Physical Measurement of Work Origin

FIG. 4 is a perspective view of a camera picking up an image of a work origin so as to physically measure the work origin. As described above, in this embodiment, a camera 41 is mounted on the end effector 6 of the work robot 5. The camera 41 is caused to move and pick up an image of a portion corresponding to the work origin. The image is then subjected to image recognition at the measured position obtainer 25. In this manner, the measured position of the work origin is physically measured.

In the embodiment of FIG. 4, the work target instrument 8 is a tube rack 81. The tube rack 81 is capable of receiving a tube (which is a laboratory instrument, not illustrated) inserted into an insertion hole 82 of the tube rack 81 from above. The work origin of the work target instrument 8 (the tube rack 81) is set approximately at the center of the opening of the insertion hole 82. The camera 41 includes an imaging device 42 and a camera body 43. The imaging device 42 has a cylindrical shape fittable in the insertion hole 82 (that is, the cylindrical shape has approximately the same diameter as the diameter of the tube). The camera body 43 has a rectangular shape fixed to an upper portion of the imaging device 42. The camera body 43 with a predetermined posture is held by the end effector 6, which is a gripper in this embodiment, at a predetermined position with the camera 41 and the end effector 6 having such an arrangement relationship that the imaging direction of the camera 41 fixed in this manner passes through a reference position (not illustrated) of the end effector 6 (or the leading arm end 5a) in a predetermined direction.

With the imaging direction of the camera 41 downward, the work robot 5 obtains, from the work origin storage 26, the work origin (designed position at the center of the insertion hole 82) of the work target instrument 81, and moves the camera 41 to make the imaging direction match the work origin in horizontal directions (the X-Y directions in FIG. 5). With the imaging direction and the work origin in matching state, the camera 41 picks up an image as illustrated in FIG. 5. Referring to FIG. 5, the picked-up image is a circular image with its maximum diameter equivalent to the inner diameter of the cylindrical imaging device 42. In the picked-up image, fixed diameter standard lines Lxc and Lyc, which are orthogonal to each other, are set in advance, with the node (the center point of the circular picked-up image) of the diameter standard lines Lxc and Lyc matching a designed position d of the work origin P0d.

Upon receipt of the picked-up image, the measured position obtainer 25 performs image recognition with respect to a circular image portion of the insertion hole 82 imaged in the picked-up image so as to draw on the insertion hole 82 two diameter standard lines Lxh and Lyh, which are orthogonal to each other. The node of the diameter standard lines Lxh and Lyh in the circular image portion of the insertion hole 82 is the physically measured point of the work origin that corresponds to the measured position, P0m, of the work origin. In the embodiment illustrated in FIG. 5, the diameter standard line Lxc in the circular picked-up image is parallel to the diameter standard line Lxh on the insertion hole 82 in the X direction of the work space coordinate system XYZ, and the diameter standard line Lyc is parallel to the diameter standard line Lyh in the Y direction of the work space coordinate system XYZ. There is an error of ΔX in the X direction between the diameter standard lines Lxc and Lxh, and there is an error of ΔY in the Y direction between diameter standard lines Lyc and Lyh. The errors ΔX and ΔY correspond to position errors of the measured position P0m of the work origin relative to the designed position P0d of the work origin. The measured position obtainer 25 obtains the measured position P0m based on the errors ΔX and ΔY. The camera 41 is a non-limiting example of the sensor recited in the appended claims.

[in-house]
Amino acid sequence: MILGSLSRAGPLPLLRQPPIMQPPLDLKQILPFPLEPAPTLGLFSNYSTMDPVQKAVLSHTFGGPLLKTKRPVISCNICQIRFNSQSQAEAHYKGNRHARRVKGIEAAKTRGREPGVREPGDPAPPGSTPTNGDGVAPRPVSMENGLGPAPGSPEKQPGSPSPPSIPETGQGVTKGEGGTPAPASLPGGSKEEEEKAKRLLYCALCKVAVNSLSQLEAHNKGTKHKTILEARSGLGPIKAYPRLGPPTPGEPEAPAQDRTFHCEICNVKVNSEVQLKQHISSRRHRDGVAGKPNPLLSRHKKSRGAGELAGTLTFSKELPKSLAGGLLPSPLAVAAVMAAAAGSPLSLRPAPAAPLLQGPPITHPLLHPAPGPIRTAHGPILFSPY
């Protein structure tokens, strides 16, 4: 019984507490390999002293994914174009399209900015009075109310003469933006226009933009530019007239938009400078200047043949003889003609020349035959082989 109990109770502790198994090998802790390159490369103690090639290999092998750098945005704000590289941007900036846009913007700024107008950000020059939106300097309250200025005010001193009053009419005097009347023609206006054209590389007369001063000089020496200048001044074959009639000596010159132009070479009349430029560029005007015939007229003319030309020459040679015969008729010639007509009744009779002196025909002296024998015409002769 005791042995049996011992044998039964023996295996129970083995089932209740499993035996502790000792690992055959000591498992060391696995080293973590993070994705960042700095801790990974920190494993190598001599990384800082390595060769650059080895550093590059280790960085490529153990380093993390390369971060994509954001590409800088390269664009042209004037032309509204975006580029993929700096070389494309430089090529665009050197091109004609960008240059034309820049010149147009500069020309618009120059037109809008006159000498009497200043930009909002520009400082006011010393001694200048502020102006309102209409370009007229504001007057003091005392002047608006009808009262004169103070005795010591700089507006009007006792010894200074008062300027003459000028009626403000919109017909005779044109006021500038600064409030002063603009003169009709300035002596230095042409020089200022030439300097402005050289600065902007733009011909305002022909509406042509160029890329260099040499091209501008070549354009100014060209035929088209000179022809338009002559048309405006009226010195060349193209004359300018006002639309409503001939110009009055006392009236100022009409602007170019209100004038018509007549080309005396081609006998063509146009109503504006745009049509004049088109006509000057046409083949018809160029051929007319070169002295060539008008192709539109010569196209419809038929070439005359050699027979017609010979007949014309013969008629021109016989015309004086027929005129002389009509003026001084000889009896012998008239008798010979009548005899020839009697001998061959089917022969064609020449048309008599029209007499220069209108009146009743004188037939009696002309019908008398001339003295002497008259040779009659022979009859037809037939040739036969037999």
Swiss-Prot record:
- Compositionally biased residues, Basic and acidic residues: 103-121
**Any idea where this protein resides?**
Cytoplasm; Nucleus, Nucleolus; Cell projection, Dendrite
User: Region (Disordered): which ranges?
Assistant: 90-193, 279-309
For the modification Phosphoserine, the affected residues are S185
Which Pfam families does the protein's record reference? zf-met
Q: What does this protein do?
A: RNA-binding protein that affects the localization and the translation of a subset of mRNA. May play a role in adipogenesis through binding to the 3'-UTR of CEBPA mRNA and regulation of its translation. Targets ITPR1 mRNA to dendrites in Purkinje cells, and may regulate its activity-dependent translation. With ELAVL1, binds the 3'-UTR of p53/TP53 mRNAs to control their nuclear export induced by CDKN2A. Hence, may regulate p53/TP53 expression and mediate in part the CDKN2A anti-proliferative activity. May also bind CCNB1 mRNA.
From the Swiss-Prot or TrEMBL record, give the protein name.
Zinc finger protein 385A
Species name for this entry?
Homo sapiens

Correction Corresponding to Coordinate Distortion of Local Coordinate System

The work robot 5 according to this embodiment is a multi-articular robot, with a plurality of rotation axes connected in series to each other. In using such work robot, a small coordinate distortion inevitably occurs in the local coordinate system CL around the work origin when the arms cooperate to make rotational motion. For example, in order to cause the leading arm end 5a to make linear motion in the X axis direction, the trajectory planner 23 performs an arithmetic operation in the local coordinate system CL, but in the real-space coordinate system, the leading arm end 5a moves at an angle relative to the X axis direction. In light of the circumstances, in this embodiment, the corrector 24 corrects the local coordinate system CL of each of the work origins based on the above-described coordinate distortion characteristic, and thus sets a corrected coordinate system CR.

FIG. 6 illustrates how to correct a coordinate distortion of the local coordinate system CL. The left half of FIG. 6 illustrates an actual arrangement of the insertion holes 82 of the tube rack 81, which is an exemplary work target instrument 8. The right half of FIG. 6 illustrates an imaginary local coordinate system CL corresponding to the arrangement and an imaginary corrected coordinate system CR, which takes a coordinate distortion into consideration. In the example illustrated in the left half of FIG. 6, a work origin P0 is set approximately at the center of the left lower insertion hole 82 of the tube rack 81. Also, a reference point P1 is set approximately at the center of the insertion hole 82 next to the left lower insertion hole 82 in the X axis direction, and a reference point P2 is set approximately at the center of the insertion hole 82 next to the left lower insertion hole 82 in the Y axis direction. Each of the two reference points P1 and P2 is assigned a designed position on the local coordinate system CL in relation to the work origin P0, and the work origin storage 26 stores in advance the designed positions of the reference points P1 and P2. Similarly to the measured positions of the work origin P0, measured positions of the reference points P1 and P2 can be obtained by the above-described method of physical measurement.